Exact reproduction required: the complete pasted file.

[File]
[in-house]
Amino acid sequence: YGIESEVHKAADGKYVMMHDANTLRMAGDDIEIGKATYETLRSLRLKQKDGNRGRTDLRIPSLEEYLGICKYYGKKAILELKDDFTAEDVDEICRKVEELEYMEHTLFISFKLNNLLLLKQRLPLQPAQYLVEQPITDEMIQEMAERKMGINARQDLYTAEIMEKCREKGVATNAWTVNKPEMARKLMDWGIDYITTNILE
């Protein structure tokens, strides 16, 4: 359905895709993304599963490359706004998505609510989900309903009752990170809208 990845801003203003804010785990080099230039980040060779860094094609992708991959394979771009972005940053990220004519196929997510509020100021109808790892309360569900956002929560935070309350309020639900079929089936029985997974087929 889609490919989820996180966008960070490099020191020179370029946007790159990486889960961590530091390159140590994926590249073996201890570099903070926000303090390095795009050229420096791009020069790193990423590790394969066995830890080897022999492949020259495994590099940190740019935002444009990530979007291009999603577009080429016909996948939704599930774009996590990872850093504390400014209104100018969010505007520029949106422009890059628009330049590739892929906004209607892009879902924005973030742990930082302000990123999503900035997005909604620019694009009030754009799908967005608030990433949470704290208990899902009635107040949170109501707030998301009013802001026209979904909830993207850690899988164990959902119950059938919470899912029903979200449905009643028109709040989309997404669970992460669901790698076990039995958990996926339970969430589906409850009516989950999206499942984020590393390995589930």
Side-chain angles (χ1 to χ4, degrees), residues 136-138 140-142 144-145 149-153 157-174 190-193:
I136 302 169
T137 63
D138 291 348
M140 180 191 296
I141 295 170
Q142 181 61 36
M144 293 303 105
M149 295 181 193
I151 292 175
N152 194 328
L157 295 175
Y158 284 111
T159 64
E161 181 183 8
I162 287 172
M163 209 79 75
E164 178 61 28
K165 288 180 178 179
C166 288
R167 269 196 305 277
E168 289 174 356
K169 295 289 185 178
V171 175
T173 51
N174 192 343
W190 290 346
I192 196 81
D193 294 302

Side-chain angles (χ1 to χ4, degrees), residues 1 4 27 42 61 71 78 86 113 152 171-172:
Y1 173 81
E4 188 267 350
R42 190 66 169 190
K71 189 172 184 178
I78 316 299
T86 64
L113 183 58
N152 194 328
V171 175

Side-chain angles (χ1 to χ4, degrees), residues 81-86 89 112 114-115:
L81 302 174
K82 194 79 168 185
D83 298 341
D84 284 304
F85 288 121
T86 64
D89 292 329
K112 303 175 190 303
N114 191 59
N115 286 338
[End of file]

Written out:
[in-house]
Amino acid sequence: YGIESEVHKAADGKYVMMHDANTLRMAGDDIEIGKATYETLRSLRLKQKDGNRGRTDLRIPSLEEYLGICKYYGKKAILELKDDFTAEDVDEICRKVEELEYMEHTLFISFKLNNLLLLKQRLPLQPAQYLVEQPITDEMIQEMAERKMGINARQDLYTAEIMEKCREKGVATNAWTVNKPEMARKLMDWGIDYITTNILE
């Protein structure tokens, strides 16, 4: 359905895709993304599963490359706004998505609510989900309903009752990170809208 990845801003203003804010785990080099230039980040060779860094094609992708991959394979771009972005940053990220004519196929997510509020100021109808790892309360569900956002929560935070309350309020639900079929089936029985997974087929 889609490919989820996180966008960070490099020191020179370029946007790159990486889960961590530091390159140590994926590249073996201890570099903070926000303090390095795009050229420096791009020069790193990423590790394969066995830890080897022999492949020259495994590099940190740019935002444009990530979007291009999603577009080429016909996948939704599930774009996590990872850093504390400014209104100018969010505007520029949106422009890059628009330049590739892929906004209607892009879902924005973030742990930082302000990123999503900035997005909604620019694009009030754009799908967005608030990433949470704290208990899902009635107040949170109501707030998301009013802001026209979904909830993207850690899988164990959902119950059938919470899912029903979200449905009643028109709040989309997404669970992460669901790698076990039995958990996926339970969430589906409850009516989950999206499942984020590393390995589930």
Side-chain angles (χ1 to χ4, degrees), residues 136-138 140-142 144-145 149-153 157-174 190-193:
I136 302 169
T137 63
D138 291 348
M140 180 191 296
I141 295 170
Q142 181 61 36
M144 293 303 105
M149 295 181 193
I151 292 175
N152 194 328
L157 295 175
Y158 284 111
T159 64
E161 181 183 8
I162 287 172
M163 209 79 75
E164 178 61 28
K165 288 180 178 179
C166 288
R167 269 196 305 277
E168 289 174 356
K169 295 289 185 178
V171 175
T173 51
N174 192 343
W190 290 346
I192 196 81
D193 294 302

Side-chain angles (χ1 to χ4, degrees), residues 1 4 27 42 61 71 78 86 113 152 171-172:
Y1 173 81
E4 188 267 350
R42 190 66 169 190
K71 189 172 184 178
I78 316 299
T86 64
L113 183 58
N152 194 328
V171 175

Side-chain angles (χ1 to χ4, degrees), residues 81-86 89 112 114-115:
L81 302 174
K82 194 79 168 185
D83 298 341
D84 284 304
F85 288 121
T86 64
D89 292 329
K112 303 175 190 303
N114 191 59
N115 286 338